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Jawaani Jaaneman (2020)

CRUMBLIES…

Well, this is lovely! And in a shiny upshot of Lockdown, really really new. A film released back in January has hit Amazon Prime with solid subtitles and delicious modernity. Fresh from scowling his way through the terrific Sacred Games (it’s a TV series – get thee to your Netflix of choice), Saif Ali Khan loses a ton of weight to play one of those middle-aged (well, forties…) pains who bound through nightclubs convincing other men’s daughters to one night stand them. But there’s a dash of fate on the way for this one, a young sweetheart: Jawaani Jaaneman

After an examination of Khan’s Jazz and his cheery sex life, pre inciting sweetheart, old Jack was disapproving with a smile. I’ve been dragged to dances, discos and nightclubs over the decades and always felt the soul sapping presence of those men. Too old, too sharply dressed, too empty of love and family…hunting and prowling and guaranteed to have exhausting opinions on sex, politics and humanity’s gods. Khan’s Jazz sees his parents and brother’s family on Sundays, but other than that, he dances and drinks on life’s sex tab. And the women go home with him because he has the thing – and hair dyed by the only grown-up woman he knows…

And then…screech!

One girl, beautiful and giving off plot line relevance, grabs his attention with spilt drink and ambiguous remarks. Every synopsis old Jack has seen gives away the next part, so…


SPOILERS HEREAFTER!!!!! Click to another page now, or…


…it’s his daughter! Oh yes.

So, before he knows this but after you do, you’re likely to be cringing ’til your toenails hum. Because he flirts. And gets her back to his place. And does that twirly thing and oldone-liners that have bedded a ton of wrinkle-tolerating women…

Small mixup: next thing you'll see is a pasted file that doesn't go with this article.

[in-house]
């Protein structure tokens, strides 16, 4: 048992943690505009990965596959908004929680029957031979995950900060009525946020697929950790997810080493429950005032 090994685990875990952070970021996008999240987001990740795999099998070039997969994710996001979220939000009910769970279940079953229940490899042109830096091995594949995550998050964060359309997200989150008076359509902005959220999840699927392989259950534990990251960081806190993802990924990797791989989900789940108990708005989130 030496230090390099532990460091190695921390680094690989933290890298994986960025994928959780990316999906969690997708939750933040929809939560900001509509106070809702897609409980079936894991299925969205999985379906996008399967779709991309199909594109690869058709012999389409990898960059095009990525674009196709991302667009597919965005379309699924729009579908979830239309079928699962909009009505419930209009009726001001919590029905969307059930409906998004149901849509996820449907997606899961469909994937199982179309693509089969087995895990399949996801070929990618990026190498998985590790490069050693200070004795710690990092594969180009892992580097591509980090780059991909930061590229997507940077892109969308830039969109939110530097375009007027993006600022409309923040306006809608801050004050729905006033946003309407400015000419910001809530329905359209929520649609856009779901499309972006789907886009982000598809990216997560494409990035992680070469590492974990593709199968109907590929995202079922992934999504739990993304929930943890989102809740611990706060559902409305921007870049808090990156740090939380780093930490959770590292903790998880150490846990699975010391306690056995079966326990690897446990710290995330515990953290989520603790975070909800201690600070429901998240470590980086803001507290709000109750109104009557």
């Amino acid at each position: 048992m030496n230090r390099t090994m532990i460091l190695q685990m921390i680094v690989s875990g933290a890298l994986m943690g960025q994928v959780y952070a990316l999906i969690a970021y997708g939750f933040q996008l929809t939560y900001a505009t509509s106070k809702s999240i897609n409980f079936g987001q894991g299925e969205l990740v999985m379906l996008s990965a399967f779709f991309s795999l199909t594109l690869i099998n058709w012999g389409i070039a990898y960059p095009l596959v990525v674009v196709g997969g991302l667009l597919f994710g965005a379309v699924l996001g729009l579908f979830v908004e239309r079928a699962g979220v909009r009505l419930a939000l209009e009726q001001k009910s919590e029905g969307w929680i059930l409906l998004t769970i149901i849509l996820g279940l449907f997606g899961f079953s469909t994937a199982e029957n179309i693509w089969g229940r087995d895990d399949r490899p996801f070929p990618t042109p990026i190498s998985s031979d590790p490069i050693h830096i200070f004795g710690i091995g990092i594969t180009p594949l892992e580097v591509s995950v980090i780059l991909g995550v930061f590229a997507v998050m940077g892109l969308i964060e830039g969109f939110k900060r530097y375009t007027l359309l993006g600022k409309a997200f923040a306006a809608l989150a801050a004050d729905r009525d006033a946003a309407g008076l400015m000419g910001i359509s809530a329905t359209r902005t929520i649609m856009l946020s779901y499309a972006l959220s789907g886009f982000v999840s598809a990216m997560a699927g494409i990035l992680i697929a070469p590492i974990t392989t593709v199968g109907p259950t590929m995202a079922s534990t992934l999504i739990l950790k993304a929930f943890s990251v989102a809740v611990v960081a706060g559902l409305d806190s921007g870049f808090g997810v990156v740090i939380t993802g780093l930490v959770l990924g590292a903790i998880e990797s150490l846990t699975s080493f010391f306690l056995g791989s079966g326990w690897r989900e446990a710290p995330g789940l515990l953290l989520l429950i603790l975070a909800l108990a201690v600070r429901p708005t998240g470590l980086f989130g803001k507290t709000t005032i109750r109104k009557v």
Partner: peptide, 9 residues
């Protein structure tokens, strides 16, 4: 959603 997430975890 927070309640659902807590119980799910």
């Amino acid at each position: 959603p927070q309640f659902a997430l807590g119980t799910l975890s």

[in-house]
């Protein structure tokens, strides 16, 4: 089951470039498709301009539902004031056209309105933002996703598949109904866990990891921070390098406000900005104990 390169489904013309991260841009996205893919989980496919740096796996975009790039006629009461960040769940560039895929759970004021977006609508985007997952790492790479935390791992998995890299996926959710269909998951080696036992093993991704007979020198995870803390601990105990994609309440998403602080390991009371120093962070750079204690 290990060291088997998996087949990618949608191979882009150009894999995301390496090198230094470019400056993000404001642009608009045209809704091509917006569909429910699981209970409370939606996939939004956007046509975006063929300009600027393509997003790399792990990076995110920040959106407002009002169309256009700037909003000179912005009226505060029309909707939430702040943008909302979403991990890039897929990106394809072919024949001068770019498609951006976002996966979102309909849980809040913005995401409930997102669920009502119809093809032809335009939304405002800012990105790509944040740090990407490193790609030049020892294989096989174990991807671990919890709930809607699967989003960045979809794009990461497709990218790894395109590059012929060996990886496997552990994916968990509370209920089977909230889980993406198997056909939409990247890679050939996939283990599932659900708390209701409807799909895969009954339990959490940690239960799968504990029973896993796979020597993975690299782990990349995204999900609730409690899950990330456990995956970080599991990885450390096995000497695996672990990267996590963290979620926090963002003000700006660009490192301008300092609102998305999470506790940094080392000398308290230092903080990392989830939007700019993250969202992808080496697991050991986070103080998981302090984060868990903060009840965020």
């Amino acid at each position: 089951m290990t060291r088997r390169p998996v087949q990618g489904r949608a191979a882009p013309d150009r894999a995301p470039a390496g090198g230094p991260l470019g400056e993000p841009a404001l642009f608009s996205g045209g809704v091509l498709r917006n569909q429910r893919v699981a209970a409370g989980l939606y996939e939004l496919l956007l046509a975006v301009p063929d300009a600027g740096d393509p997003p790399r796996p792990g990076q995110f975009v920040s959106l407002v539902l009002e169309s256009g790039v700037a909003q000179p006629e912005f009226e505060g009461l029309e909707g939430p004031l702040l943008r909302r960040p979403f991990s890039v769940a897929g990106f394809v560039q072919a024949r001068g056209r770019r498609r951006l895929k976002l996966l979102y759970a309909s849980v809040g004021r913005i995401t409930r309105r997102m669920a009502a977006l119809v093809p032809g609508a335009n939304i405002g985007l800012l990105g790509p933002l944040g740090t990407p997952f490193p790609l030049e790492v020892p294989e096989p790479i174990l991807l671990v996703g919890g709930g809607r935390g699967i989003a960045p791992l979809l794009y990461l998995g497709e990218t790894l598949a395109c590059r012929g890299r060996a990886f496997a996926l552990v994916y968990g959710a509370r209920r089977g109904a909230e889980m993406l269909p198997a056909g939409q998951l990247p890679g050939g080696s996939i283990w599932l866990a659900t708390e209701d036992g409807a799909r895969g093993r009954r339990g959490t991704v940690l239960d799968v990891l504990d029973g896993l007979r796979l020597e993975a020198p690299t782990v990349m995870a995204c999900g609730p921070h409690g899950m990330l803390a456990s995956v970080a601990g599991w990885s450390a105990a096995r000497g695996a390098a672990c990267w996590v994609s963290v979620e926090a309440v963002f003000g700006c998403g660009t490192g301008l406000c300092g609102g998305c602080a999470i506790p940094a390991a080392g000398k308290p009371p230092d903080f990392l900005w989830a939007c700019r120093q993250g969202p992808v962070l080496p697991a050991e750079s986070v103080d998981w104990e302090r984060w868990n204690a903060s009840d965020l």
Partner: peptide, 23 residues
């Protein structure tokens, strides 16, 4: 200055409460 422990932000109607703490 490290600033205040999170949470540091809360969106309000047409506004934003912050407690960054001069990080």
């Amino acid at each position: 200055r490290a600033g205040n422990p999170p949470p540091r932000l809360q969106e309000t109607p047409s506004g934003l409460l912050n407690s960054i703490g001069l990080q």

Oh, the relief when she interrupts and tells him there is a 33.33333333% chance he’s her Dad. indeed – because her Mum said so and she’s been researching…

Tia (the smilingly smart Alaya F) goes straight for the heart. Wants to get to know him. Asks to stay. Gets her way. A lovely few scenes follow as she takes control, as daughters do, and Khan mixes the call of family with the artifice of that kind of man. He needs his pointless, family-free “freedom”. It’s a lovely relationship from the start, played with comic deftness and – post DNA tests – deft confusion: affection meets generational privacy meets the love of a father for his daughter.

In a delicious moment at the DNA clinic, the doctor confirms that Khan is the father. And about to be a grandfather. The look on Khan and Alaya F’s faces: perfectly done. Both surprised. Both horrified. Both processing with a long blank stare. Family. Gorgeously done.

The rest of the film – indeed its entire plot – bounces around that core relationship. It’s a bit cookie-cutter and forced as Tia plays a part in her Dad’s persuasion of a sweet old woman to sell up so he and his colleagues can build tower blocks over their pretty bit of London…and then Jazz and colleagues drop a morality clause in Tia’s expectations. But – meh. That only matters to illuminate the growing bond between Jazz and Tia.

More comedy abounds as Tia’s mum materialises from Amsterdam’s hippie culture, bringing the fey father of Tia’s bump. Khan is caught on a pin, whirling and whinging. It’s all lightly done, and just about gets away with hiding the familiarity with laughs. But what really makes Jawaani Jaaneman a cheery way to pass a locked down afternoon is the charming performances.

Alaya F is always present as a modern daughter who brings the love of a million before her into a dazed man’s world.

Khan pulls off a real trick: likeable as the dickhead in the nightclub, likeable as the shocked new father, and actively sympathetic as the poor wretch dragging his wings from the cocoon his hairdresser (Kubbra Sait regularly popping by to be the grown-up, old fashioned companion Jazz needs) and daughter have torn open.

So, yeah, old Jack, the father of a daughter, spent the last ten minutes of Jawaani Jaaneman weeping for the affection in this new family.

So should you.

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